VELCO would improve a substation in West Rutland, then string the 345-kilovolt line up the Champlain Valley to New Haven. "I think there's always been concern about it," said Joanne Bagley of Salisbury, who lives along the path of the power line upgrade.

Mace said his company tried from the beginning to inform residents about the project, and that might have helped address some concerns, he said. "VELCO did a fairly exhaustive outreach program with officials in the towns that are being impacted by the project," Mace said. Also, the new wires will run along the path of existing transmission lines, so relatively little will change.

Bagley said the changes will include taller poles and more noticeable wires. She also said VELCO would remove many trees to make room for the improvements, making the line more noticeable.

At several points along the proposed transmission line route in Rutland and Addison counties, the Public Service Board said VELCO's proposed efforts to minimize the effect of the project on the landscape fell short. The utility must add more trees, change the height of poles or take other measures to improve the view in places such as Whipple Hollow Road in West Rutland and Pittsford, the Leicester-Whiting Road in Leicester and in parts of Salisbury.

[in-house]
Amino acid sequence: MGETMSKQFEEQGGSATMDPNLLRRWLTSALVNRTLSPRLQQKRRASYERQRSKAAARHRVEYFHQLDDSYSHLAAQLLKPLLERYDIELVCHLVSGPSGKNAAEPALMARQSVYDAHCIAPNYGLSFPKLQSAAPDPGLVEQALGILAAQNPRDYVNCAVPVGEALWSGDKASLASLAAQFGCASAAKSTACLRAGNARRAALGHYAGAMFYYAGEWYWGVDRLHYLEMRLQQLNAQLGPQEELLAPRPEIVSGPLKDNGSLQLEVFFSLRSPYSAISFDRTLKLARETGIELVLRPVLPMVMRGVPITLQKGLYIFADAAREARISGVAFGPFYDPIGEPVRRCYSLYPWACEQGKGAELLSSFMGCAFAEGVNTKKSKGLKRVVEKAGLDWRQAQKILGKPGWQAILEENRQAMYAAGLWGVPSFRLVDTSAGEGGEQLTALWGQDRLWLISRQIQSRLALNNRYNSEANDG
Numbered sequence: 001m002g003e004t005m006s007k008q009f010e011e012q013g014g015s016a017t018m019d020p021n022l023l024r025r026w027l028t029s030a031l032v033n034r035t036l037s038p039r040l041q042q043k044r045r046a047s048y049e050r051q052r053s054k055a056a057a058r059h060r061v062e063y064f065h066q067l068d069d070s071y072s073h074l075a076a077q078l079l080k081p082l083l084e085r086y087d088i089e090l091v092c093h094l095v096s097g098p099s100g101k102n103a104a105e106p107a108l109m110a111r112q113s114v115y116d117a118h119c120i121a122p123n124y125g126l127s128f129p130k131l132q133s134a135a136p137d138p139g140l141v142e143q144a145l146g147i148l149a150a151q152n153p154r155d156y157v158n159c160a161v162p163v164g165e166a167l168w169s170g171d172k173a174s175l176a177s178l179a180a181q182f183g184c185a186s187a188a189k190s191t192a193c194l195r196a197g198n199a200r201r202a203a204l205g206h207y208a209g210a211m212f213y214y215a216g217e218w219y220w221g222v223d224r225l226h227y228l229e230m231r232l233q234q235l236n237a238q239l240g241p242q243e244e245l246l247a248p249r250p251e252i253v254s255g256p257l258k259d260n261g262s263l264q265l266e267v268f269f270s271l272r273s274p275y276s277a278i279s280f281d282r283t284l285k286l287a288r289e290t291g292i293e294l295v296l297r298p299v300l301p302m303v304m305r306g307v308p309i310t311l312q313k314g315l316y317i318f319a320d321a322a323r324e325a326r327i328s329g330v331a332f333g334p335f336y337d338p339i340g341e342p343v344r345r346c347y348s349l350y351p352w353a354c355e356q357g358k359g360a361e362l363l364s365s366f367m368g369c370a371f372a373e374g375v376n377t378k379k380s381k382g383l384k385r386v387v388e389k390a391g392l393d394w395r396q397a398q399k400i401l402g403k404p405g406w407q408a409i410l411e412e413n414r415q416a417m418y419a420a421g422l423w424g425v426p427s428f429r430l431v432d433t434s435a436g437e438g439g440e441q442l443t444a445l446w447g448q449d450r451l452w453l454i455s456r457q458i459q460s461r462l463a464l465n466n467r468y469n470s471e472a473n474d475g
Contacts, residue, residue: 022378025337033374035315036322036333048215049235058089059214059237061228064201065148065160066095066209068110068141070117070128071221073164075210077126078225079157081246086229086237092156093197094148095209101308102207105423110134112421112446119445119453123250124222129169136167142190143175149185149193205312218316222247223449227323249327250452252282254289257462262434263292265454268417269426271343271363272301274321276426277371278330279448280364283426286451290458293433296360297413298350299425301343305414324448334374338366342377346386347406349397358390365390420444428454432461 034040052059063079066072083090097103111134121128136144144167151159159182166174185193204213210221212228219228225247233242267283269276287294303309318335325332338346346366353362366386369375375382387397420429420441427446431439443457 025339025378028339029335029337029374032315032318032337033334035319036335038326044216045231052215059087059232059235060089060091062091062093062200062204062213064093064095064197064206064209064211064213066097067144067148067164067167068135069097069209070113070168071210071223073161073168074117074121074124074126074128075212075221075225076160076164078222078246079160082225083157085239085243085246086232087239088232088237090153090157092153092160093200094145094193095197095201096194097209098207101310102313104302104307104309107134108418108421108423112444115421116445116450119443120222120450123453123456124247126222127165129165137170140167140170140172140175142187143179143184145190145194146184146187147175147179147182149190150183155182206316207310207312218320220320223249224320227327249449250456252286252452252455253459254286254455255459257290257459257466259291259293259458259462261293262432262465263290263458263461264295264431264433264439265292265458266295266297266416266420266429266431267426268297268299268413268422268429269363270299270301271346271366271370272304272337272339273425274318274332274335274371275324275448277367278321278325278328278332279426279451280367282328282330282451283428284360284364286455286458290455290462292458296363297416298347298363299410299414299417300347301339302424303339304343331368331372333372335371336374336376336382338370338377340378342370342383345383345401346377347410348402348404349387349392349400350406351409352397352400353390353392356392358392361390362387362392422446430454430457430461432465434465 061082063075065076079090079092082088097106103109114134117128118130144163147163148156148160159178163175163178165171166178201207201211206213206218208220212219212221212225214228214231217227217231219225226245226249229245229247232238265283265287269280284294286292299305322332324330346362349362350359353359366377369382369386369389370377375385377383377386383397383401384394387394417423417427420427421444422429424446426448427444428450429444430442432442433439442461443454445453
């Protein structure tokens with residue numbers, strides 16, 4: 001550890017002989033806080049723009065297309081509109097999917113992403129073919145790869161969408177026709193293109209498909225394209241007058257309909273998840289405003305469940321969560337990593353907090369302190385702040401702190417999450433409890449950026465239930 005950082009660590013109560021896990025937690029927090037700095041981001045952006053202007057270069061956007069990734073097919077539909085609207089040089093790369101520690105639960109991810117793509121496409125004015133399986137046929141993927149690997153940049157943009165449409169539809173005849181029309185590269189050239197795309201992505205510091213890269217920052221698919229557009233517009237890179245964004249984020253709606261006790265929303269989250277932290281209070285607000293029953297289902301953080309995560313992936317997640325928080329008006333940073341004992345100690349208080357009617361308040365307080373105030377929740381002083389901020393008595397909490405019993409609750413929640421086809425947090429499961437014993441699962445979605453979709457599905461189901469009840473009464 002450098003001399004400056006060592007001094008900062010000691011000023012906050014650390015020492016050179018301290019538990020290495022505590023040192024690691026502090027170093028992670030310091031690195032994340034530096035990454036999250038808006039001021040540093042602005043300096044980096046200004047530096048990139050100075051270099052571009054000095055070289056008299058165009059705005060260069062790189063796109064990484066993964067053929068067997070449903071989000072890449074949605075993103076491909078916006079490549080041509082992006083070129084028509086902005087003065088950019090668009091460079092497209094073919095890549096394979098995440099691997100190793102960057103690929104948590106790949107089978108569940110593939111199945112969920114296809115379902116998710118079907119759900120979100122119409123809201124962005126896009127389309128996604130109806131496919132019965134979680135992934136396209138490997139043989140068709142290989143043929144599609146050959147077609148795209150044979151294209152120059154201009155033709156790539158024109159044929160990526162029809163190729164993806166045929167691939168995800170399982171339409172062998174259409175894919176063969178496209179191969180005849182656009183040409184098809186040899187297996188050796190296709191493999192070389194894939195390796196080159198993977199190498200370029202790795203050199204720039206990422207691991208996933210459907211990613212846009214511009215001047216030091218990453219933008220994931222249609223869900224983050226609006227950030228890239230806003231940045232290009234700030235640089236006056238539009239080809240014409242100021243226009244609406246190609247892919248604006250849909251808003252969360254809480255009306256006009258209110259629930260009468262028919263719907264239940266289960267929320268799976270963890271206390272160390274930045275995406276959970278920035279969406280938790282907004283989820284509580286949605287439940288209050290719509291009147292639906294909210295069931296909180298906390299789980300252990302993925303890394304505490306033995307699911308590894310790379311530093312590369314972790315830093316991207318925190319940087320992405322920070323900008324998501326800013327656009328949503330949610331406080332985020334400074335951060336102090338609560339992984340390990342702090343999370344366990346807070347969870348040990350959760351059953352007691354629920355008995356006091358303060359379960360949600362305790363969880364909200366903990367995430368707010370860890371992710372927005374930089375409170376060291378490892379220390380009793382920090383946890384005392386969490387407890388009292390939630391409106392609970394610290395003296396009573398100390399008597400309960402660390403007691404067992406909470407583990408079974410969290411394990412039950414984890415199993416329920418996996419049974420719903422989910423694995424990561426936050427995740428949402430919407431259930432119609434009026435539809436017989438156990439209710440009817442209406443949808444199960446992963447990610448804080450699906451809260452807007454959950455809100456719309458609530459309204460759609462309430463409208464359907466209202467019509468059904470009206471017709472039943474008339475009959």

Bagley said at her property, a lot of trees will come down, and she worries about property values. "I don't think we could ever turn around and sell our house," she said.

Objections to the line in Rutland County is far from universal. Town managers in Pittsford and Brandon said reaction to the proposed line in those towns has been muted.

Bagley said she would meet with neighbors and then decide how to respond to the Public Service Board decision.

"People don't know about this VELCO issue. They really don't understand it," Bagley said. "I am hoping that it does get appealed -- anything to buy more time to try to keep working on the issue."

Contact Matt Sutkoski at 660-1846 or